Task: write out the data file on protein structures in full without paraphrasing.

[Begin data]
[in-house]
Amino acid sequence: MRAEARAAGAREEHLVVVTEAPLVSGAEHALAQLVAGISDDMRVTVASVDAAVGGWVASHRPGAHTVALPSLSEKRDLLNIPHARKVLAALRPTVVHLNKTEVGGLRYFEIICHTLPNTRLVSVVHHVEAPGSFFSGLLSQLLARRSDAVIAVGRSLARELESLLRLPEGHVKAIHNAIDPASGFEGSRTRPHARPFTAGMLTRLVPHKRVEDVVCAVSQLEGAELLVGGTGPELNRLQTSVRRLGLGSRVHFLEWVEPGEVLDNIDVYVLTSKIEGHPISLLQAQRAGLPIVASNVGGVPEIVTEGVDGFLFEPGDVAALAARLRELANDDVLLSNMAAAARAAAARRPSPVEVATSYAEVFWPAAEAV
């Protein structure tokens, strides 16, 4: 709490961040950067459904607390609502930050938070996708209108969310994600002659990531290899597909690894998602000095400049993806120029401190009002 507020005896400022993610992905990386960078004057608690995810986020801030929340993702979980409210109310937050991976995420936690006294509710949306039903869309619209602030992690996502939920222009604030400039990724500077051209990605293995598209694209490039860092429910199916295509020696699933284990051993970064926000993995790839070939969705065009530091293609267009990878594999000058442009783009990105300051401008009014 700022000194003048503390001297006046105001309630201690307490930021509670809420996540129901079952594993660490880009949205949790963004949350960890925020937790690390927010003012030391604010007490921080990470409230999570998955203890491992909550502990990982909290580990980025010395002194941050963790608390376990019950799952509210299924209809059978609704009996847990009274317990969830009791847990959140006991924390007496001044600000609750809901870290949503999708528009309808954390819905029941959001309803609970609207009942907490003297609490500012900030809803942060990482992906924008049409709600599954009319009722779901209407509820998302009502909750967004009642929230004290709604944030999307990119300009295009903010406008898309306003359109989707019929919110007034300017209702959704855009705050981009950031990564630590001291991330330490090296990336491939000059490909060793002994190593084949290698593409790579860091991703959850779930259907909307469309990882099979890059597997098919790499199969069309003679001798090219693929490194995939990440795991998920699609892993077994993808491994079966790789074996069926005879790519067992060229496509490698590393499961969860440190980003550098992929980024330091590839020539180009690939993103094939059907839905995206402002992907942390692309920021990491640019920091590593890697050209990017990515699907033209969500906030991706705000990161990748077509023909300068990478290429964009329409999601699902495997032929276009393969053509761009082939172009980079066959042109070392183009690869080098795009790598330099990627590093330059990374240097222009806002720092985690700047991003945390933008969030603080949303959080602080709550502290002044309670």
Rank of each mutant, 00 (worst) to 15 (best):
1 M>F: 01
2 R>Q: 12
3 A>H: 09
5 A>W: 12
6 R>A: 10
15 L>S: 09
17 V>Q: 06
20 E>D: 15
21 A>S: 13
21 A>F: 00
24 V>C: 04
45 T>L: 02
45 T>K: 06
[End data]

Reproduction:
[in-house]
Amino acid sequence: MRAEARAAGAREEHLVVVTEAPLVSGAEHALAQLVAGISDDMRVTVASVDAAVGGWVASHRPGAHTVALPSLSEKRDLLNIPHARKVLAALRPTVVHLNKTEVGGLRYFEIICHTLPNTRLVSVVHHVEAPGSFFSGLLSQLLARRSDAVIAVGRSLARELESLLRLPEGHVKAIHNAIDPASGFEGSRTRPHARPFTAGMLTRLVPHKRVEDVVCAVSQLEGAELLVGGTGPELNRLQTSVRRLGLGSRVHFLEWVEPGEVLDNIDVYVLTSKIEGHPISLLQAQRAGLPIVASNVGGVPEIVTEGVDGFLFEPGDVAALAARLRELANDDVLLSNMAAAARAAAARRPSPVEVATSYAEVFWPAAEAV
């Protein structure tokens, strides 16, 4: 709490961040950067459904607390609502930050938070996708209108969310994600002659990531290899597909690894998602000095400049993806120029401190009002 507020005896400022993610992905990386960078004057608690995810986020801030929340993702979980409210109310937050991976995420936690006294509710949306039903869309619209602030992690996502939920222009604030400039990724500077051209990605293995598209694209490039860092429910199916295509020696699933284990051993970064926000993995790839070939969705065009530091293609267009990878594999000058442009783009990105300051401008009014 700022000194003048503390001297006046105001309630201690307490930021509670809420996540129901079952594993660490880009949205949790963004949350960890925020937790690390927010003012030391604010007490921080990470409230999570998955203890491992909550502990990982909290580990980025010395002194941050963790608390376990019950799952509210299924209809059978609704009996847990009274317990969830009791847990959140006991924390007496001044600000609750809901870290949503999708528009309808954390819905029941959001309803609970609207009942907490003297609490500012900030809803942060990482992906924008049409709600599954009319009722779901209407509820998302009502909750967004009642929230004290709604944030999307990119300009295009903010406008898309306003359109989707019929919110007034300017209702959704855009705050981009950031990564630590001291991330330490090296990336491939000059490909060793002994190593084949290698593409790579860091991703959850779930259907909307469309990882099979890059597997098919790499199969069309003679001798090219693929490194995939990440795991998920699609892993077994993808491994079966790789074996069926005879790519067992060229496509490698590393499961969860440190980003550098992929980024330091590839020539180009690939993103094939059907839905995206402002992907942390692309920021990491640019920091590593890697050209990017990515699907033209969500906030991706705000990161990748077509023909300068990478290429964009329409999601699902495997032929276009393969053509761009082939172009980079066959042109070392183009690869080098795009790598330099990627590093330059990374240097222009806002720092985690700047991003945390933008969030603080949303959080602080709550502290002044309670």
Rank of each mutant, 00 (worst) to 15 (best):
1 M>F: 01
2 R>Q: 12
3 A>H: 09
5 A>W: 12
6 R>A: 10
15 L>S: 09
17 V>Q: 06
20 E>D: 15
21 A>S: 13
21 A>F: 00
24 V>C: 04
45 T>L: 02
45 T>K: 06